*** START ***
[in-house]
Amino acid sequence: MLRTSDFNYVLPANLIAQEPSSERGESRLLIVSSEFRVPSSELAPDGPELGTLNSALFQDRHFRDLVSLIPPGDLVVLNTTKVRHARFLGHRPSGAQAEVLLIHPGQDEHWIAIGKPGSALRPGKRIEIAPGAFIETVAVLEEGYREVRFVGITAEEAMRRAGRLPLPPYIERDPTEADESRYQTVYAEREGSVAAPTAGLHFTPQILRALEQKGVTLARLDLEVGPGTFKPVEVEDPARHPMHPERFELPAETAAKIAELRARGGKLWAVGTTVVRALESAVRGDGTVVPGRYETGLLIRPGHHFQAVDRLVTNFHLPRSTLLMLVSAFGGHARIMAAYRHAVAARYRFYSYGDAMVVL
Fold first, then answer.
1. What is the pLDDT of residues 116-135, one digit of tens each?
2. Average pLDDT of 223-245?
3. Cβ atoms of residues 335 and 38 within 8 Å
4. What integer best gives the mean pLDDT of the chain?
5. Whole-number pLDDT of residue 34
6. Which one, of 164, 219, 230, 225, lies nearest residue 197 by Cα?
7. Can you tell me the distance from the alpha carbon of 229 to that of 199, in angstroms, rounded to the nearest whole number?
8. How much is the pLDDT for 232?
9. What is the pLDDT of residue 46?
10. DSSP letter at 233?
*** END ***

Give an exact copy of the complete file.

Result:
[in-house]
Amino acid sequence: MLRTSDFNYVLPANLIAQEPSSERGESRLLIVSSEFRVPSSELAPDGPELGTLNSALFQDRHFRDLVSLIPPGDLVVLNTTKVRHARFLGHRPSGAQAEVLLIHPGQDEHWIAIGKPGSALRPGKRIEIAPGAFIETVAVLEEGYREVRFVGITAEEAMRRAGRLPLPPYIERDPTEADESRYQTVYAEREGSVAAPTAGLHFTPQILRALEQKGVTLARLDLEVGPGTFKPVEVEDPARHPMHPERFELPAETAAKIAELRARGGKLWAVGTTVVRALESAVRGDGTVVPGRYETGLLIRPGHHFQAVDRLVTNFHLPRSTLLMLVSAFGGHARIMAAYRHAVAARYRFYSYGDAMVVL
Fold first, then answer.
1. What is the pLDDT of residues 116-135, one digit of tens each?
2. Average pLDDT of 223-245?
3. Cβ atoms of residues 335 and 38 within 8 Å
4. What integer best gives the mean pLDDT of the chain?
5. Whole-number pLDDT of residue 34
6. Which one, of 164, 219, 230, 225, lies nearest residue 197 by Cα?
7. Can you tell me the distance from the alpha carbon of 229 to that of 199, in angstroms, rounded to the nearest whole number?
8. How much is the pLDDT for 232?
9. What is the pLDDT of residue 46?
10. DSSP letter at 233?